“Play is the work of childhood.” – Fred Rogers
As adults, it can be challenging for us to understand just how much learning happens when children play. Crawling around and barking like a dog while we’re trying to cook in the kitchen can seem like a nuisance. But look a little more closely, and you’ll see important shoulder muscles strengthening; brain hemispheres connecting through the bilateral movement, and empathy developing as your child steps into another creature’s experience and point of view. Maybe that loud bark isn’t so annoying after all.
Children of all ages are naturally drawn to role-playing. They set up shops to sell goods, come to their stuffed animal’s rescue, take your order at their newly-established restaurant, and quiet their crying baby doll. What exactly is role-play, and why do all children do it? Should we encourage them in it, and how might we participate?
Role-play is when a child imaginatively takes on the role of another person, animal, or being and acts out a scenario. Through this type of play, a child expresses their ideas of how another might act or feel in different situations. Costumes, toys, and other props enhance a child’s imagination but are never necessary: A child innately knows how to make mudpies out of mud.
Types of role play
There are several main categories of role play that children gravitate toward: occupational, fantasy, and real-life.
Occupational: Children love to imagine themselves as adults: What will they be when they grow up? What are they interested in, and how might that develop into a job? Children pretend to be professional soccer players, firefighters, teachers, waiters, doctors, and veterinarians—there are endless opportunities for children to explore different occupations.
Fantasy: Children love to pretend to be characters from their favorite books, movies, and TV shows. Imaginative play brings the characters to life and allows kids to enter the stories more deeply. How might it feel to have extra human strength? Or to fly from the monkey bars to the slide? What happens when good must face evil, and who’s side will they choose to be on?
Real-Life: House is one of the most popular forms of role-playing. And for good reason: family life is the core of a child’s existence. Acting out real-life scenarios helps children process their own experiences and relationship dynamics. Pretending to be a mother or a father allows a child to try on the role of authority. They also practice family dynamics and process their sibling relationships.
The Benefits of Play
Since all children engage in this type of play, what benefits can be seen from it?
Enhances Imaginations and Creativity: Role-playing is, of course, an excellent exercise in imagination. The playground turns into a castle, the bed into a flying car, the broom into Evil Knievel. Sparking the imagination leads to greater problem-solving skills, more profound empathy, and stronger brain connections.
Promotes Social and Emotional Development: Children often play in groups. Taking on different roles and scenarios requires children to work together to tell one story. Negotiation, decision-making, empathy—these social and emotional skills develop as children play together.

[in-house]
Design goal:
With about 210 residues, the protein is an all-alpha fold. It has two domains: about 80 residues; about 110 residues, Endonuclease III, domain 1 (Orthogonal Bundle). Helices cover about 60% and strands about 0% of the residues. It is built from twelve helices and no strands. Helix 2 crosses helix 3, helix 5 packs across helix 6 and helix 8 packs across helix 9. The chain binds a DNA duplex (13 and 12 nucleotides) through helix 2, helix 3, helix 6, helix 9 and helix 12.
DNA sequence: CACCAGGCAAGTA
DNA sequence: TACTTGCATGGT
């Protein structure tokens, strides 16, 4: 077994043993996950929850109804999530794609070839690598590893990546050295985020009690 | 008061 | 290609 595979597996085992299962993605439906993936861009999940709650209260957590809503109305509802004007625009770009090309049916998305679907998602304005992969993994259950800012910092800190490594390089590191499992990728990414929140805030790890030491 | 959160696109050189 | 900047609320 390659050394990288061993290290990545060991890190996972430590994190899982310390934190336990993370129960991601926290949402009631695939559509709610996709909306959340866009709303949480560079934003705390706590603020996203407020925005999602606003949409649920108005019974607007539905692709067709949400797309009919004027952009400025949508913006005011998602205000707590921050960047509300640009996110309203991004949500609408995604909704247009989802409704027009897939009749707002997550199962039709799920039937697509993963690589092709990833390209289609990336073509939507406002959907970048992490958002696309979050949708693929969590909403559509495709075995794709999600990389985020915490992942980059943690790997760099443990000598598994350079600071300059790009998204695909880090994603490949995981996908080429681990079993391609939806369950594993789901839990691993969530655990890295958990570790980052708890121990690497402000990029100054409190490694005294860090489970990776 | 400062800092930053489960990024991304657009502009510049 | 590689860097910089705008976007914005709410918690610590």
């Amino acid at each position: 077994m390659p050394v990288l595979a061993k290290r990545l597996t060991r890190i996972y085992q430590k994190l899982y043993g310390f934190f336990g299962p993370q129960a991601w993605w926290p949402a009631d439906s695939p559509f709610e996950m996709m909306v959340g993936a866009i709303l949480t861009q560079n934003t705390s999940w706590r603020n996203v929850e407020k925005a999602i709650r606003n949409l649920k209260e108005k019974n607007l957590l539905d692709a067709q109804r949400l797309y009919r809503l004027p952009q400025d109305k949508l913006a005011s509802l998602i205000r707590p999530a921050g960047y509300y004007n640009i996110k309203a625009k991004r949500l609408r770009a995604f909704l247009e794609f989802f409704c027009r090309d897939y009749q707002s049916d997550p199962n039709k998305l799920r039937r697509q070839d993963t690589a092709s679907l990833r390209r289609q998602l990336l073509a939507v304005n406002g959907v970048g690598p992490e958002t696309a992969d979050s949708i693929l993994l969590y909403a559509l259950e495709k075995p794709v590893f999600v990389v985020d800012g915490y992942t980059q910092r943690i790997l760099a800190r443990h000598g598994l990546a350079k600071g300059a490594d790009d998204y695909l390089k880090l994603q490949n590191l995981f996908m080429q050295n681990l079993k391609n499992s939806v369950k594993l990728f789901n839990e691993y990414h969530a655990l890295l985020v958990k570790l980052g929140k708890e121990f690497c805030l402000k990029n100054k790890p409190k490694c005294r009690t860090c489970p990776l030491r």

Improves Language Skills and Communication: Of course, acting out different scenarios requires constant communication. Children must learn how to express themselves, which words convey their ideas most effectively, and, most importantly, how to listen to one another. Communication is key to role play.
Aids Problem Solving: The horse has a broken leg; how will the vet fix it? The child doesn’t yet know how to write; how will he take down the dinner order? Evil has descended on the playground; how will the good guys fight it off? On all levels of pretend play, children are growing their problem-solving skills.
Develops Fine and Gross Motor Skills: And all the while, children are climbing trees, jumping off platforms, swinging across the monkey bars. Their physical and technical skills are strengthened with each bad guy they defeat, each fire they put out, each fort they build.
How to engage in pretend play
While we may wish our imaginations were still as fresh and agile as a child’s, they simply are not. How, then, are we to engage in pretend play?
Participate and Be Present: Children like to assign parents roles, often ones that switch up the power dynamic: “you be the baby, and I’ll be the mother.” Take up your part with gusto—pretend to cry, be hungry, and sleep. Express the emotions of your character and help set up different scenarios. But remember, let your child take the lead—what scenarios does your child want to act out and process? Let them guide the imaginative play.
Learn about your child: Consider it an opportunity to learn about your child’s interests. What questions does your child have about life? Is he trying to find new ways to interact with others through role play? Is she exploring her strength and testing her skills? Children constantly communicate who they are each time they choose what game they will play and how they will play it.
Utilize the form: While playing with your child is important, you could also take the lead from time to time. You could set up scenarios and roles for you and your child. How could you use her stuffed animals to practice handling the experience of friends gossiping? Or what it might feel like to be left out? Of course, you don’t want to rob the play of all its fun and only make it educational. But you can layer in ways for children to practice different responses in different scenarios.
However you decide to engage with role-playing, rest assured that the pretend dog barking at your feet is a fundamental form of play. So maybe tonight, once dinner is in the oven, you might take the time and bark together.
Contact us today to learn more about HIPPY and how our home visiting program builds and encourages role play at home.